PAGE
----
The UFC returns to Fox on Saturday night with a familiar name: former lightweight champion Benson Henderson, who has made three appearances on the network fight cards since they began in 2011. Of course, his first was an untelevised bout against Clay Guida, but that was an important one all the same; it's the fight that secured his title shot against Frankie Edgar.
You know the rest of the story. Henderson would beat Edgar, then beat him again, then beat Nathan Diaz and Gilbert Melendez and still never receive the respect he deserved. This is likely because, with the exception of beating the brakes off Diaz, Henderson's bouts were all close. And then, when the title reign came to an end, it came at the hands of the man who ended his World Extreme Cagefighting run in glorious fashion: Anthony Pettis.
So this is Henderson's rebound fight, and it's a tough out. But we're getting ahead of ourselves.
As always, any numbers you find in my betting preview are generously provided by Reed Kuhn from Fightnomics.
Let's get this preview train rolling.
Darren Elkins has made a career, at least recently, of beating opponents many felt he wouldn't beat. Michihiro Omigawa. Diego Brandao. Steven Siler. Hatsu Hioki. Elkins' lone loss since dropping to featherweight came at the hands of Chad Mendes, and that's nothing to be embarrassed by.
Going into this bout with Jeremy Stephens, Elkins is once again the underdog. And once again, he has every chance of pulling the upset.
Stephens has very good punching power, though he is perhaps far less accurate with that power than he should be. Elkins is no wizard of the stand-up striking game, of course, and so he will need to get the fight to the ground where he can work his control game. If he can do that with regularity, he will take home the upset win.
I don't see it happening, however. Elkins has a below-average chin, and though Stevens won't hit everything he lands, he will land something. Eventually. And once he does, Elkins is going down. Still, I can't recommend a play on this one as there is no value.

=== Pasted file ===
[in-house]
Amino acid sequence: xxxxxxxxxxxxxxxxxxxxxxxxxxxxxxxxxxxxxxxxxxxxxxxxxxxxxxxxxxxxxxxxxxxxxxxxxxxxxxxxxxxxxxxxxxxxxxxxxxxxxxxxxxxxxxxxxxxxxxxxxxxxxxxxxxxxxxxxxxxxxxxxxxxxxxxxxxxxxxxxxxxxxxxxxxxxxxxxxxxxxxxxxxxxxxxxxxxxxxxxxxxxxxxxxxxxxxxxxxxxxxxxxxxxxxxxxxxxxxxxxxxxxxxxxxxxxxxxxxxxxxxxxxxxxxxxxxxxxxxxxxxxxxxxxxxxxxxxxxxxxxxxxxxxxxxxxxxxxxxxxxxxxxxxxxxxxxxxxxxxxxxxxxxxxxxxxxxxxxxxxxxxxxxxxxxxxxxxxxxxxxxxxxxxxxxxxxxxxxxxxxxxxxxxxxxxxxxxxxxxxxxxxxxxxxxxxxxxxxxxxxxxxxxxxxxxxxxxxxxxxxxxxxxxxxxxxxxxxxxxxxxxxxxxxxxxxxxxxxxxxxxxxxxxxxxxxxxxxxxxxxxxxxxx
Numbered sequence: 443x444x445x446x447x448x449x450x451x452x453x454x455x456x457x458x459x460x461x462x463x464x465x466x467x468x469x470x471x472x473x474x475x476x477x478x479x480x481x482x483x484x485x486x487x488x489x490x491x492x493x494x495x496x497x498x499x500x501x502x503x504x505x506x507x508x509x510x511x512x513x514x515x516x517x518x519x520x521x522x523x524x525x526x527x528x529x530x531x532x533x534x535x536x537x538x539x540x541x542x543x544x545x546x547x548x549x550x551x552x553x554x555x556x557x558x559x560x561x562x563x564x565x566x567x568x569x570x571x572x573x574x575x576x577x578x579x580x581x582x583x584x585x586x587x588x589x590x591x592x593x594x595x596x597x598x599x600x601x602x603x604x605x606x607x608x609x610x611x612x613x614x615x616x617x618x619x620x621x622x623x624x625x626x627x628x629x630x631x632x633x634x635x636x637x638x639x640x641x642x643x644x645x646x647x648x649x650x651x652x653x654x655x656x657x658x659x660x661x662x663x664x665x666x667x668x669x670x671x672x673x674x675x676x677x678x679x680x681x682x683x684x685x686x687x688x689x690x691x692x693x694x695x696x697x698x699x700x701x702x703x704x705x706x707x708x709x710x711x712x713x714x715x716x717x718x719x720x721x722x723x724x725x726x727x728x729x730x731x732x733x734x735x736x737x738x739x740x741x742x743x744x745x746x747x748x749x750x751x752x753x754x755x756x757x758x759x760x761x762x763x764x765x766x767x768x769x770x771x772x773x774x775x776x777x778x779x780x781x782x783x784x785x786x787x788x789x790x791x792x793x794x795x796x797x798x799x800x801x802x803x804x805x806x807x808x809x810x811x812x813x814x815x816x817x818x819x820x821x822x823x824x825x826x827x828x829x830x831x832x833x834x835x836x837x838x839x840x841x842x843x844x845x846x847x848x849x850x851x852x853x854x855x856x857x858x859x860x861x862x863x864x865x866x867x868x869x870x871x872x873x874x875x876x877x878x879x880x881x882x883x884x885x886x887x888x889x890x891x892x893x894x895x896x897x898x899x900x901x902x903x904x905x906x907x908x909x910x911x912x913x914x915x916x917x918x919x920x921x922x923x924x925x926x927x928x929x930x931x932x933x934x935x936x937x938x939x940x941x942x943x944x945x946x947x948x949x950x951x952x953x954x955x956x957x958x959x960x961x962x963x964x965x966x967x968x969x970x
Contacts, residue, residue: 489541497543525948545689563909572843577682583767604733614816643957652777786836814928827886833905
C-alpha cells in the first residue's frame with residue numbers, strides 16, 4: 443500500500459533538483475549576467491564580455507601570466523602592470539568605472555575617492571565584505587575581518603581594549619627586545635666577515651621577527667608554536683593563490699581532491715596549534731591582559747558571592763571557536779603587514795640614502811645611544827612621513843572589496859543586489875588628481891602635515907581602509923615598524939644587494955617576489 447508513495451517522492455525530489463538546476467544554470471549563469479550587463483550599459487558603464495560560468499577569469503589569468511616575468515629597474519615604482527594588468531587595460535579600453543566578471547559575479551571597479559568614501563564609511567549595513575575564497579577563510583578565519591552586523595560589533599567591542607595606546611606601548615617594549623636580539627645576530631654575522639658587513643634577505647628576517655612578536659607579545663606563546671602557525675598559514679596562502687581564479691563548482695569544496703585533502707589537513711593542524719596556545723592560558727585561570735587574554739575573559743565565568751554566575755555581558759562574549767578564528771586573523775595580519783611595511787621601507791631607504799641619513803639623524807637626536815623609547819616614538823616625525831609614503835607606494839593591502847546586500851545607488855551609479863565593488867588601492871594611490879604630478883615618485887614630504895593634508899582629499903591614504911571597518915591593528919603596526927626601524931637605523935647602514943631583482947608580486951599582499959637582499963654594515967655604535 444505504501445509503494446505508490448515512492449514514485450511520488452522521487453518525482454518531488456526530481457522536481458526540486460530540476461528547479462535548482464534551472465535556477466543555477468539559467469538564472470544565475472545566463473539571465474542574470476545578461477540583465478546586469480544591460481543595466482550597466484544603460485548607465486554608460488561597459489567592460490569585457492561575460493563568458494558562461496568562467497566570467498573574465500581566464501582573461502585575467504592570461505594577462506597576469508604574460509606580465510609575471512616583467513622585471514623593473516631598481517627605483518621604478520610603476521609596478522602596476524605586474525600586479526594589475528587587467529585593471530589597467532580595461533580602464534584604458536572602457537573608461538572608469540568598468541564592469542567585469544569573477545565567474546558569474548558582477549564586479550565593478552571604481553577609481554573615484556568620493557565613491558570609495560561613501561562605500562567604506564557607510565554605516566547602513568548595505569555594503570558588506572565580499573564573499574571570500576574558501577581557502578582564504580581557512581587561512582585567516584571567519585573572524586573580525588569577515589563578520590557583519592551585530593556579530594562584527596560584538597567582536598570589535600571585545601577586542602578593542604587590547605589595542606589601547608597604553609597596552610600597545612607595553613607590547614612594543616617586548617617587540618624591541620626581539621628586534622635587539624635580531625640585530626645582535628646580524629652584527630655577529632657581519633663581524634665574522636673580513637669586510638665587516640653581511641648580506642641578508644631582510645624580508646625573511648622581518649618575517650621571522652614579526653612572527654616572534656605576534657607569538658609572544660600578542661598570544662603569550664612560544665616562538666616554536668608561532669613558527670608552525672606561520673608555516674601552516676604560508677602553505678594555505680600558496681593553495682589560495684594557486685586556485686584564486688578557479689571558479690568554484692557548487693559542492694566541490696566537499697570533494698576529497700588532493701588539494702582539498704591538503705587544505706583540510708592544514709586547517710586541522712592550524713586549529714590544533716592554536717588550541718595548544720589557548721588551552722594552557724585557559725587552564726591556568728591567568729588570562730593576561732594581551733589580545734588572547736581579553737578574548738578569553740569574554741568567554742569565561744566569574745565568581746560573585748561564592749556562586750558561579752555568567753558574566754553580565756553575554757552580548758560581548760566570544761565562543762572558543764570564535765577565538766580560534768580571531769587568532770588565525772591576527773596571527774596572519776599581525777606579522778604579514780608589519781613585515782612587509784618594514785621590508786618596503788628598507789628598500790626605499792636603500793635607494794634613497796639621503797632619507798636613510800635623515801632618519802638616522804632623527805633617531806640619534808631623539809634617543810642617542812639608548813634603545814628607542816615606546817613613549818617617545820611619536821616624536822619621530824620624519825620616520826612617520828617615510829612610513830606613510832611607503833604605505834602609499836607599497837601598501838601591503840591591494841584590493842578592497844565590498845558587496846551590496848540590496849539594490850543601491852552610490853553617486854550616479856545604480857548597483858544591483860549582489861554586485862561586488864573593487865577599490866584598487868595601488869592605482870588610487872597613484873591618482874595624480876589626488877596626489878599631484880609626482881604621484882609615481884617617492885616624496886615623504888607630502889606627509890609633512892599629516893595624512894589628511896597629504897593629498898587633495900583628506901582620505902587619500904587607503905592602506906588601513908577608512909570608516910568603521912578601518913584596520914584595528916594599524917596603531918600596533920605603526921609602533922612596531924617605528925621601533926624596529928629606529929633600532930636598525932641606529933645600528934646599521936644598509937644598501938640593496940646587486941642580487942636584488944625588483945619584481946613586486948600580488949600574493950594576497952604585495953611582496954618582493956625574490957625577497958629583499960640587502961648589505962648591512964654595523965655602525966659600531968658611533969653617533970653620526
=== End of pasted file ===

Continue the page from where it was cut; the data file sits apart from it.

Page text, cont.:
Prediction: Jeremy Stephens by KO
Value Play: None
This is a matchup between two fighters who last fought in November. Cerrone famously enjoys keeping busy because, well, he has to; the man spends the prodigious amounts of money he makes just as soon as he gets the check, preferring the feeling of buying whatever he wants, whenever he wants it, over the act of saving money and planning for his future.
Adriano Martins made his UFC debut by beating the underrated Daron Cruickshank by submission at a UFC Fight Night card in Brazil. Facing Cerrone is a massive step up in competition from what he's used to; the "Cowboy" has an accurate jab and plenty of power, though his actual power strike accuracy is below the UFC average.
Martins' best chance of winning the fight is on the ground; there's very little chance he will last three rounds standing with Cerrone. He is highly dangerous on the ground, though Cerrone is too. And Cowboy is dangerous off his back, with an offensive guard that spells trouble for anyone willing to stay there long enough.
At the sportsbook, heavy money is coming in on Martins. He opened at plus-185 and is now clocking in at plus-155. But that also means Cerrone has dropped from his opening line of minus-265 to just minus-185, which means I can confidently suggest a fairly decent play on him. If he stays below minus-200, put money on him; if he goes back below the minus-200 line, stay away from this one.